Moreover, integrating MES at the multiple facilities allows syncing their data pools and create an ecosystem that can be used to train artificial intelligence algorithms and to support collaboration in complex networks that require increased transparency. Consequently, data sharing is a key enabler of multiple advanced data‑driven applications in manufacturing.

How MES can help you manage energy consumption?

The primary focus of MES integration on an enterprise remains within production quality improvement, traceability, and waste reduction. However, its scope can be extended towards monitoring and optimizing the energy consumption. Since more and more plants are required to comply with new sustainability standards, proper energy management increases the chances that a facility will meet new regulation guidelines.

The process of MES implementation for sustainability management is easy. Here’s how it works within the AGW Energy Management System (EMS) module:

  1. You connect your facility to the grid. We install our electricity counter at the place where the power line enters into your enterprise, and at every node of the grid, from the administration building to assembly lines.
  2. Every piece of heavy machinery or equipment gets the counter or sensor installed to monitor the energy consumption.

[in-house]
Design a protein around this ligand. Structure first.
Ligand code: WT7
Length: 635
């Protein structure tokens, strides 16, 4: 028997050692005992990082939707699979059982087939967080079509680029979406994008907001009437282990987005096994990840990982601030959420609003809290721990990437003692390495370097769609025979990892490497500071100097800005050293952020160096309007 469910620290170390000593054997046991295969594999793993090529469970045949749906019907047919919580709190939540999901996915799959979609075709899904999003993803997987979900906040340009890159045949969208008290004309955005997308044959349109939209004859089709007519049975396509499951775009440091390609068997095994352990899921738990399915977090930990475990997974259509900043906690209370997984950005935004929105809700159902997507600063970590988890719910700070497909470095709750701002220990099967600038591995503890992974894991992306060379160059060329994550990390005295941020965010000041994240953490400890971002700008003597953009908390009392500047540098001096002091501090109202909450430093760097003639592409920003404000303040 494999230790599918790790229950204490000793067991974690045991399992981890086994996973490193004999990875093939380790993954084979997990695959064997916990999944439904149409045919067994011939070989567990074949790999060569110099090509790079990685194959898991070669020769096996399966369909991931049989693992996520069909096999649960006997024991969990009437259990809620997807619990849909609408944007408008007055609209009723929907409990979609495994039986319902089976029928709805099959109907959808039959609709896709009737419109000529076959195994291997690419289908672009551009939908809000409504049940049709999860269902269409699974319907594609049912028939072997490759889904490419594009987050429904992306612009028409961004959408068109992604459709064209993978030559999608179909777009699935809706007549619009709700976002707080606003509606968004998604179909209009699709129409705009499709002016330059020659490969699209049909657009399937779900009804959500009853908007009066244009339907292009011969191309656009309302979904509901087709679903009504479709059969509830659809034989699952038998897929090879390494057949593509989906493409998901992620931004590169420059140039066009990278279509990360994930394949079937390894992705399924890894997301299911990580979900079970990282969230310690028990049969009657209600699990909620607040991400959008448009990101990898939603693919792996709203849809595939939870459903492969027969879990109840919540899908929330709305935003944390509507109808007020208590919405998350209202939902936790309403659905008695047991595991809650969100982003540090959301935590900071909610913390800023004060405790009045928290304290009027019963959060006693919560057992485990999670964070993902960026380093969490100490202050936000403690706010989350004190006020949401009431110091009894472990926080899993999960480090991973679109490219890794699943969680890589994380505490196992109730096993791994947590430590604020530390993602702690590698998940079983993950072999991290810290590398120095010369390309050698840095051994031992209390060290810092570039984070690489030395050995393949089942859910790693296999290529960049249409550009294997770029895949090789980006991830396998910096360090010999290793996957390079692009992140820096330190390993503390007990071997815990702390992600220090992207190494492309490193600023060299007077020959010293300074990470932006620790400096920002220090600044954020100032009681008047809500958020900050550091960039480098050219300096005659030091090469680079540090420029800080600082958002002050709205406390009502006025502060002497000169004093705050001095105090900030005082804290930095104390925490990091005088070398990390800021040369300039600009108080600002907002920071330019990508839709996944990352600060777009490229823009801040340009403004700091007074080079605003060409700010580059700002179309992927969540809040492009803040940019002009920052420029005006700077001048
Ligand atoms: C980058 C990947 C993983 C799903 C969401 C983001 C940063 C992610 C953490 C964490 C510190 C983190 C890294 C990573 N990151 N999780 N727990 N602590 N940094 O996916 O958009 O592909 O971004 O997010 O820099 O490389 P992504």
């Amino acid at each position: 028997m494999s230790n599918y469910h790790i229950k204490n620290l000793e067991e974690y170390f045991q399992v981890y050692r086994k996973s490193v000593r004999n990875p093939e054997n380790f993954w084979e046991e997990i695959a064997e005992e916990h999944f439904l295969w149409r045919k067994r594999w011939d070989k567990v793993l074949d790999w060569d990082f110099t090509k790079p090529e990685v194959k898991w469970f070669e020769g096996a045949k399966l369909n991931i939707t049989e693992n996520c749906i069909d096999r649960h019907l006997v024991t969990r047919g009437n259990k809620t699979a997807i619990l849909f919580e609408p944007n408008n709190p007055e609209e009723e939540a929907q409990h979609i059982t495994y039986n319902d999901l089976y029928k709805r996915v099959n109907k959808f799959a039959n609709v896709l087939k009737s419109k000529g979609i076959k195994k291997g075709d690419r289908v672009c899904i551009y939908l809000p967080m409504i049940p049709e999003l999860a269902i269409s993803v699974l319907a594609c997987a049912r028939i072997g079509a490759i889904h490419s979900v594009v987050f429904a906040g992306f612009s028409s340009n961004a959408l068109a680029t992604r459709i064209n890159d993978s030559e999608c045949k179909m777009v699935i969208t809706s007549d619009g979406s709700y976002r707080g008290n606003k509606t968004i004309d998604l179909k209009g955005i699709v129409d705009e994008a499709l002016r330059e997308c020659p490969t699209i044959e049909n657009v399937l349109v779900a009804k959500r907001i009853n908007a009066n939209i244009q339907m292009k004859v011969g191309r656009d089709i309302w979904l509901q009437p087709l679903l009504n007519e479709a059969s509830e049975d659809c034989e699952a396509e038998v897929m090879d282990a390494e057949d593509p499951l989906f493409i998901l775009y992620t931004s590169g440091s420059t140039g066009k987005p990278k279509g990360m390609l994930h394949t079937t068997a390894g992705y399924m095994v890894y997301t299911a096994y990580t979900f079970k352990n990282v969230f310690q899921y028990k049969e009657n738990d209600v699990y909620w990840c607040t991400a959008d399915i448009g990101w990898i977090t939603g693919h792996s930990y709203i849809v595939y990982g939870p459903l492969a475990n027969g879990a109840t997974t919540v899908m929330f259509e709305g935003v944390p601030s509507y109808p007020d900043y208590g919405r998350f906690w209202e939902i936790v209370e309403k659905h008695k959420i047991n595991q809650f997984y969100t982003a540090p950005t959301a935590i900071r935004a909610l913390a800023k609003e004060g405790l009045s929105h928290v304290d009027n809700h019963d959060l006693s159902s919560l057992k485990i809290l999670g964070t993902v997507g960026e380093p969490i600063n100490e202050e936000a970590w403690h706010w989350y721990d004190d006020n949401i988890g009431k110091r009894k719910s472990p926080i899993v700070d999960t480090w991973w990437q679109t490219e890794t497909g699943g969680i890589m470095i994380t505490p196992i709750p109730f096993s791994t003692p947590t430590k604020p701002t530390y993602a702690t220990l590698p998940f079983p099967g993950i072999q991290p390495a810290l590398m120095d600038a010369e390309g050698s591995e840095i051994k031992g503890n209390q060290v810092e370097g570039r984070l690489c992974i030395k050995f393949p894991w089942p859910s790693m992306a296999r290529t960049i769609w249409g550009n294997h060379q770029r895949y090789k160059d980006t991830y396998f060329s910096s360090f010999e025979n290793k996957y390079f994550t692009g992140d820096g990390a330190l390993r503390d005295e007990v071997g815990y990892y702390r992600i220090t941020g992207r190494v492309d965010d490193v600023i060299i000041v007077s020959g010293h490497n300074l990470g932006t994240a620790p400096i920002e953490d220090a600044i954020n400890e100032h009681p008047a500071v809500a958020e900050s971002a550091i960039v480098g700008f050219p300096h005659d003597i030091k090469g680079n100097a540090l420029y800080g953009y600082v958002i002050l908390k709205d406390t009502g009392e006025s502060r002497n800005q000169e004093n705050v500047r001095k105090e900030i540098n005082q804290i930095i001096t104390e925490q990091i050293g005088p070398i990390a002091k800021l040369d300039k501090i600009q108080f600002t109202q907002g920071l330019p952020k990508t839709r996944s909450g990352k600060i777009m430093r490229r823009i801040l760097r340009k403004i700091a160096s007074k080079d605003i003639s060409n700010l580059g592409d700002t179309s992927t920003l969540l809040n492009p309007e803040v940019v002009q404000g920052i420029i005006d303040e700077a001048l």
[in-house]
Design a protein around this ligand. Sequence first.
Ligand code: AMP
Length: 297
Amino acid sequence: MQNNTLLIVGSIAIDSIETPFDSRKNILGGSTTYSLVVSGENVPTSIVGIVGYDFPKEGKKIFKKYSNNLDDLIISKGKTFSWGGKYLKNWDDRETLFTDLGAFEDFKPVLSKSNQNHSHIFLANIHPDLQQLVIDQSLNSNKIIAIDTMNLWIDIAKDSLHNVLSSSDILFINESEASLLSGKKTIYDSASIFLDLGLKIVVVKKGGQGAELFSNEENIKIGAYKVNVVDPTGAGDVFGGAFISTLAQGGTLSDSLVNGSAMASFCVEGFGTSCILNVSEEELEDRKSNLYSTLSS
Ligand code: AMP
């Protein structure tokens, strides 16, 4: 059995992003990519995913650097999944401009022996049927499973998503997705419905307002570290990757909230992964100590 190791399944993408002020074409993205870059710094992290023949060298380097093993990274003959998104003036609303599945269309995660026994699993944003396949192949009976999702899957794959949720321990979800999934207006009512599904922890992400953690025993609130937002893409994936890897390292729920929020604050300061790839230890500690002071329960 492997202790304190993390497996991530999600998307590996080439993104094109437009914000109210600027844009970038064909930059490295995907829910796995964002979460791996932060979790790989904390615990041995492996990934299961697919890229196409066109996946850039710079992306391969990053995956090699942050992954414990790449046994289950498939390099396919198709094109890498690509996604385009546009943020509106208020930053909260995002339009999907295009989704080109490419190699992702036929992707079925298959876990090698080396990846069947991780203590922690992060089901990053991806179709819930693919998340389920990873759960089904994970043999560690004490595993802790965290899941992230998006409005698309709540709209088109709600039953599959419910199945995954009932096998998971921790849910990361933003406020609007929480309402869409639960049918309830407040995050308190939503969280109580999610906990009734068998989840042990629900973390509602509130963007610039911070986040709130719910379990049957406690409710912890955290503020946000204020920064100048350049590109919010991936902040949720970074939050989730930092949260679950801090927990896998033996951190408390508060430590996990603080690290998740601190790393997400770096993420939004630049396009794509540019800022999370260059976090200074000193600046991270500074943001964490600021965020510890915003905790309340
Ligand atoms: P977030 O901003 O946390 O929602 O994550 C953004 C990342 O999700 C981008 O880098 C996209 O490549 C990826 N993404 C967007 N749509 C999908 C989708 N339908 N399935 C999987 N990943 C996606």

3. AGW integrator monitors and collects the data from every sensor and counter and transfers it to AGW EMS cloud servers. You can now analyze your energy demand based on the production process, daily fluctuations, and the overall production capacity.
  4. AGW can build detailed reports on energy consumption, so you can see where your processes need improvement. For example, you can transfer energy-consuming operations to night shifts, when the energy costs are lower. This will help you reduce the overall production costs up to 30% in the long run. 

As for the renewable sources of energy, AGW EMS allows you to calculate the amount of electricity you get from installing solar panels, heat pump, or wind turbine, and repurpose it either by compensating your peak loads or by delivering the energy surplus back to the grid. 

You can also sign the PPA contract with electricity providers, who will use your power grid to compensate the peak loads to other consumers, so you can get additional revenue. 

Plant energy optimization with AGW Energy Management System

Plant energy optimization with AGW Energy Management System

Potential future implications of energy management systems

 

Using MES for monitoring energy consumption and adhering to sustainability guidelines is only one possible case of implementations. Using energy management systems along with technologies like AI or machine learning can create a sturdy foundation on the way to transitioning an enterprise towards Industry4.0 standards.

Here are only few scenarios where an AI-enhanced EMS can be used:

  • Syncing up with daily energy cost fluctuations to define the optimal way of adjusting the production chain
  • Creating renewable energy deposits based on weather forecast: i.e., charging solar power stations during clear sunny days, or using wind power stations more efficiently.
  • Forecast the energy consumption for new enterprises.
  • Grid management.

A diverse energy portfolio is therefore the best approach for manufacturers today. Solar, wind, biomass and hydroelectric power are the way forward, with the potential for future factories to use new technologies such as green hydrogen.